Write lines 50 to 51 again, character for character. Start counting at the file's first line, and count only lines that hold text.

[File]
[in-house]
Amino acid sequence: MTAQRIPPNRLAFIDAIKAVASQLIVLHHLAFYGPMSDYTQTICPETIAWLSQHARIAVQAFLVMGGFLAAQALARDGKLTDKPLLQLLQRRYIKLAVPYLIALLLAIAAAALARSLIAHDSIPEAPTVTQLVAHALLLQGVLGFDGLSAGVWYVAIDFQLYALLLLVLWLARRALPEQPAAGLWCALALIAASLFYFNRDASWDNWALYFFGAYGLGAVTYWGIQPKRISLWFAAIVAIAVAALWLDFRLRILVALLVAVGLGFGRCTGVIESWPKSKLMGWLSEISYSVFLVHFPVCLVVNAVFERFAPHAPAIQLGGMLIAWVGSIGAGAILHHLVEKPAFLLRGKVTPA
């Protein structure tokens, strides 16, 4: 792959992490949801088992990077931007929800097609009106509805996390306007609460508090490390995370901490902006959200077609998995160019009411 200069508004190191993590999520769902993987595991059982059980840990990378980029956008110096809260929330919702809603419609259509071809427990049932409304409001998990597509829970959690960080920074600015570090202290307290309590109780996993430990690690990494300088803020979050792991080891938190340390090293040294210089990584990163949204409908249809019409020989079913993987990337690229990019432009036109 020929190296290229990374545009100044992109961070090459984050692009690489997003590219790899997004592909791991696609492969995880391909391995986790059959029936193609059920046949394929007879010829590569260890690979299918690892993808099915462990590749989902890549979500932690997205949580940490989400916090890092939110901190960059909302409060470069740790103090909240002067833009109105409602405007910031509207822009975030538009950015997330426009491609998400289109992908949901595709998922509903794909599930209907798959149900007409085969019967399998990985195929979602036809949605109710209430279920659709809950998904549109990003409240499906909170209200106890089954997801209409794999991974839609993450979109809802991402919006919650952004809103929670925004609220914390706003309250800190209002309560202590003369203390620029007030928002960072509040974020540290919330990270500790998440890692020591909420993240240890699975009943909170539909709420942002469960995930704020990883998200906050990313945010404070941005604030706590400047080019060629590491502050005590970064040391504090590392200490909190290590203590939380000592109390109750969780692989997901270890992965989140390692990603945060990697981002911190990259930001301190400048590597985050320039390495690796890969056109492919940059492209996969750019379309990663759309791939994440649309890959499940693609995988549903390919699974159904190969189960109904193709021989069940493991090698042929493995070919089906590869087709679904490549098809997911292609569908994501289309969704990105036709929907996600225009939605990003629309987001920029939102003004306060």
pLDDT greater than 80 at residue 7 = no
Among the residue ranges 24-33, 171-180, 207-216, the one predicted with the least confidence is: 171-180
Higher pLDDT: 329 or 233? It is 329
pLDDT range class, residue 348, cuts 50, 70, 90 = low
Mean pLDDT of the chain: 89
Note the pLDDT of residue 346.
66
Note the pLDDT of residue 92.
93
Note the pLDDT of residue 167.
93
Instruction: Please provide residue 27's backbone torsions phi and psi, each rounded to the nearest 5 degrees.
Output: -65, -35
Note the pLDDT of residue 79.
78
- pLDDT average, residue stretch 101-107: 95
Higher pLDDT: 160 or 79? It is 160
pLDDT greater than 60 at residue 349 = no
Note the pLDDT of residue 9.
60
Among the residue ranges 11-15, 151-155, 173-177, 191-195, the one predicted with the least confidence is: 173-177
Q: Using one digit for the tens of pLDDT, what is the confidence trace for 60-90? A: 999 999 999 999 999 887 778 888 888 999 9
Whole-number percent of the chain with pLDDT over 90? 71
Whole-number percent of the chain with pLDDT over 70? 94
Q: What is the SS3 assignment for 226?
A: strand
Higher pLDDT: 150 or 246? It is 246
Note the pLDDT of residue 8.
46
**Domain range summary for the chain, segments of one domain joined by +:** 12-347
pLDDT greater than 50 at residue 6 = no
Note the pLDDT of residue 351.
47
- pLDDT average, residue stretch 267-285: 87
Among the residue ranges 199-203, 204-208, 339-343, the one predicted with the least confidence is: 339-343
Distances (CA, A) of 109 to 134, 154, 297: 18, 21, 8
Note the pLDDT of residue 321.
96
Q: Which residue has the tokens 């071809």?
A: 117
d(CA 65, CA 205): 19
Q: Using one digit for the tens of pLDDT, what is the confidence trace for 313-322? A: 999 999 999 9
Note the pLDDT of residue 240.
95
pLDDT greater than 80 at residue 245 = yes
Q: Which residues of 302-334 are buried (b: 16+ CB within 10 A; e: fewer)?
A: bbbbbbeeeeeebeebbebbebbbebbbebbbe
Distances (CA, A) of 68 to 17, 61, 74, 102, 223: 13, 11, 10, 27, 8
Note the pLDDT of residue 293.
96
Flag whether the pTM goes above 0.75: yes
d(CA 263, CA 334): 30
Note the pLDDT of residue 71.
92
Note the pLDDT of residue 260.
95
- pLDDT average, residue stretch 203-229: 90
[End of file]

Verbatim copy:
A: bbbbbbeeeeeebeebbebbebbbebbbebbbe
Distances (CA, A) of 68 to 17, 61, 74, 102, 223: 13, 11, 10, 27, 8